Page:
“The recommendation to rescind Obama-era school discipline guidance reflects Betsy DeVos’ deep-seated and fundamentally flawed view that combatting discrimination against students of color and those with disabilities is a worthless pursuit,” the Alliance for Educational Justice said in a statement after the school safety report was released. “This view is rooted in the disgusting belief that certain students, including youth of color, belong to an underclass of students attending our nation’s public schools who are unworthy of supportive learning environments and our protection.”
But conservative groups had argued that schools and districts, fearing costly civil rights investigations, imposed too many restrictions on student discipline, leading to chaotic learning environments. The discipline guidance was an act of federal overreach that led schools to remove needed discretion from teachers, they said. And some local teachers’ unions have criticized their districts’ discipline changes, saying they weren’t adequately prepared for the changes.
Michael Petrilli, the president of the Thomas B. Fordham Institute and a critic of the Obama guidance, stressed that even without that guidance, students who feel they have been discriminated against on the basis of race through a school’s disciplinary decisions can still file a formal complaint with the Education Department, and the department can still investigate.
“The radical departure was in 2014, when the Obama administration embraced this disparate impact approach and came very close to requiring a quota system for discipline,” Petrilli said.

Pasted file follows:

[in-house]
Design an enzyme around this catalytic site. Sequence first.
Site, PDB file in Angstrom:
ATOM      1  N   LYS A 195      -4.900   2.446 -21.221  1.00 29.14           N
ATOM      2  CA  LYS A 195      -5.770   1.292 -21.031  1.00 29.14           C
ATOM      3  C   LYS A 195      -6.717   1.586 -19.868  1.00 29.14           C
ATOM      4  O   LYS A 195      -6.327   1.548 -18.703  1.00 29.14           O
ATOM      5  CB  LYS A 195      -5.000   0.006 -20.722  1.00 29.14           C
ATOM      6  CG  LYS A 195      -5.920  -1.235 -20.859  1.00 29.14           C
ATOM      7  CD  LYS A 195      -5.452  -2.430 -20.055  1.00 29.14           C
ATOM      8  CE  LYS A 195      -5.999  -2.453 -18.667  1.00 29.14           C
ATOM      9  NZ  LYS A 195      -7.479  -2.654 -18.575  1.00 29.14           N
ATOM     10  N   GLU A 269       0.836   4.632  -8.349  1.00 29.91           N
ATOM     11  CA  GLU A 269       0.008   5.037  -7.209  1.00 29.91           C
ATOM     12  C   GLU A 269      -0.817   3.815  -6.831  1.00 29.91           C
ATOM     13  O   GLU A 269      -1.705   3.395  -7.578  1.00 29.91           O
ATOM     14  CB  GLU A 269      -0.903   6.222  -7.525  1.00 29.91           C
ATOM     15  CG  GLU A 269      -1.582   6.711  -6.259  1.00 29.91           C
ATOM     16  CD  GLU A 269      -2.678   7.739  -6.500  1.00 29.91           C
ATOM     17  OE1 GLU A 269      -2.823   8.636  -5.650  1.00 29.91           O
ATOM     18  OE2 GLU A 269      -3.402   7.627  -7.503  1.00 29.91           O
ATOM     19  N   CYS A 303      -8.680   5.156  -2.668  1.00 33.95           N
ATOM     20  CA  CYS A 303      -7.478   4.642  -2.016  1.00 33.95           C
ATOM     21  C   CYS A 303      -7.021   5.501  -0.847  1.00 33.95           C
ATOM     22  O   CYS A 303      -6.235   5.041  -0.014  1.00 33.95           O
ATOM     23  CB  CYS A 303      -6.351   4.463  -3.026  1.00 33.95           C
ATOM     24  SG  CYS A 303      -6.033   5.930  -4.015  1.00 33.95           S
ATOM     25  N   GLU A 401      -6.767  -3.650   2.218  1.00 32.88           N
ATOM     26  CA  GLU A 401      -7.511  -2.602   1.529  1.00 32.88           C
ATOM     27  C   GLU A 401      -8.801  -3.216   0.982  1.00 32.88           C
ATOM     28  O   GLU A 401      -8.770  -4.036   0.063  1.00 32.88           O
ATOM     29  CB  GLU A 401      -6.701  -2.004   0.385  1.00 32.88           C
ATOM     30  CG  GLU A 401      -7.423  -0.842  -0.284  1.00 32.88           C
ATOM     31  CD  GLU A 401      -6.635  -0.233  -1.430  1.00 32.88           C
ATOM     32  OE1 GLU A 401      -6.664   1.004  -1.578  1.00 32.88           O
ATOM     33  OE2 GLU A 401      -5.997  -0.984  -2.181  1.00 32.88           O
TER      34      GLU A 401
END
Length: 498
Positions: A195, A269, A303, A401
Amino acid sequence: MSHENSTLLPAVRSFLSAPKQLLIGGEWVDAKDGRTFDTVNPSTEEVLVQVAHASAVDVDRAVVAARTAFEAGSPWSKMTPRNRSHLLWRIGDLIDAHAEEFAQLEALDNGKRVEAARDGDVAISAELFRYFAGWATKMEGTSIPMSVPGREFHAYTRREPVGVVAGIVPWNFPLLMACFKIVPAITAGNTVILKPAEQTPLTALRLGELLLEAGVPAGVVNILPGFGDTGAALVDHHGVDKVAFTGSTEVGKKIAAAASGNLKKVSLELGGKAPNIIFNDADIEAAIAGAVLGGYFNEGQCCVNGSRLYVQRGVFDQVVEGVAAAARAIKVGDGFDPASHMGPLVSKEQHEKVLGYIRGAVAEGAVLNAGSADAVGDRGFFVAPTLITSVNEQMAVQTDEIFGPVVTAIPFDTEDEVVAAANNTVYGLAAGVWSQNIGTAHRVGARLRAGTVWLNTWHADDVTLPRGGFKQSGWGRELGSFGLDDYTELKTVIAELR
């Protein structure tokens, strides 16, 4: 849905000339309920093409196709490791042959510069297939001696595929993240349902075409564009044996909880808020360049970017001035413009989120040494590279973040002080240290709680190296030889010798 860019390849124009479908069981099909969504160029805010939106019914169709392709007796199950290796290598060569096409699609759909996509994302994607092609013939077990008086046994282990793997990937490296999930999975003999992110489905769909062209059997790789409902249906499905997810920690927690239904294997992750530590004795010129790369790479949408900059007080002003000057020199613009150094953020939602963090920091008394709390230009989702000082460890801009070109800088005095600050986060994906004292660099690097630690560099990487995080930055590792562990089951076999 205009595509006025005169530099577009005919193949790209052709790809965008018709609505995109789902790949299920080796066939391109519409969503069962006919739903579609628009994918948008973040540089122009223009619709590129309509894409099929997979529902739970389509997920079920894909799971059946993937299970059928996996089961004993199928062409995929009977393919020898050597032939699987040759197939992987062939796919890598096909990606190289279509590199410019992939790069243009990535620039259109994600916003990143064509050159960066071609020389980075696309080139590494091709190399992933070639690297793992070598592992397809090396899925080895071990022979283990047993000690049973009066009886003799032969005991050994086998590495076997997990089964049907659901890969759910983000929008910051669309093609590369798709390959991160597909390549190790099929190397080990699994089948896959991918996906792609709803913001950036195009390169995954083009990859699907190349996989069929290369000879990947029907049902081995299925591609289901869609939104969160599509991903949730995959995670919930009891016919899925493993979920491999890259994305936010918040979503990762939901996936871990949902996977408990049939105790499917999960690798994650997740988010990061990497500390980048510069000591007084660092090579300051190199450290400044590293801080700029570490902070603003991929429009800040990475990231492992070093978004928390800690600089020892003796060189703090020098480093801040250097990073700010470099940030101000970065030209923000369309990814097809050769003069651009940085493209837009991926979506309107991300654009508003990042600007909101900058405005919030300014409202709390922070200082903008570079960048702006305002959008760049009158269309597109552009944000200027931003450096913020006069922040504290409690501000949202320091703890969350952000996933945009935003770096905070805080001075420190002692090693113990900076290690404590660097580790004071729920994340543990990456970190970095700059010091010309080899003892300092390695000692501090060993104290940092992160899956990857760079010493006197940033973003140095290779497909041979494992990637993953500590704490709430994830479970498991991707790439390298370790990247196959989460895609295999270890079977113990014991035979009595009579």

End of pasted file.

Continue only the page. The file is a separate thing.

He added that the end of the guidance “opens the door to a much healthier conversation about school discipline,” one that focuses on providing teachers the resources and help they need to deal with tough disciplinary decisions, while at the same time not over-suspending children.
The end of the guidance does not mean that schools can’t adopt policies on their own that mirror the Obama guidance’s push to addresss racial disparities in discipline. But it does change the federal agency’s approach to civil rights enforcement.
The guidance also stated that school police shouldn’t be involved in routine student discipline. And it warned districts that they were responsible for ensuring that the officers placed on their campuses respect the civil rights of students.
DeVos’ decision means that close to two years into her tenure, she has revoked prominent Obama guidance related to transgender students, school diversity, sexual assault, and discipline.
Education Week Staff Writer Evie Blad contributed to this post
Photo: Max Schacter, father of Parkland victim Alex Schacter, right, speaks with President Donald Trump during a roundtable discussion on the Federal Commission on School Safety report, in the Roosevelt Room of the White House on Dec. 18, 2018, in Washington. From left, Trump, Secretary of Education Betsy DeVos, Sheriff Kevin Byars, Marshall County, Ky., and Schacter. (Evan Vucci/AP)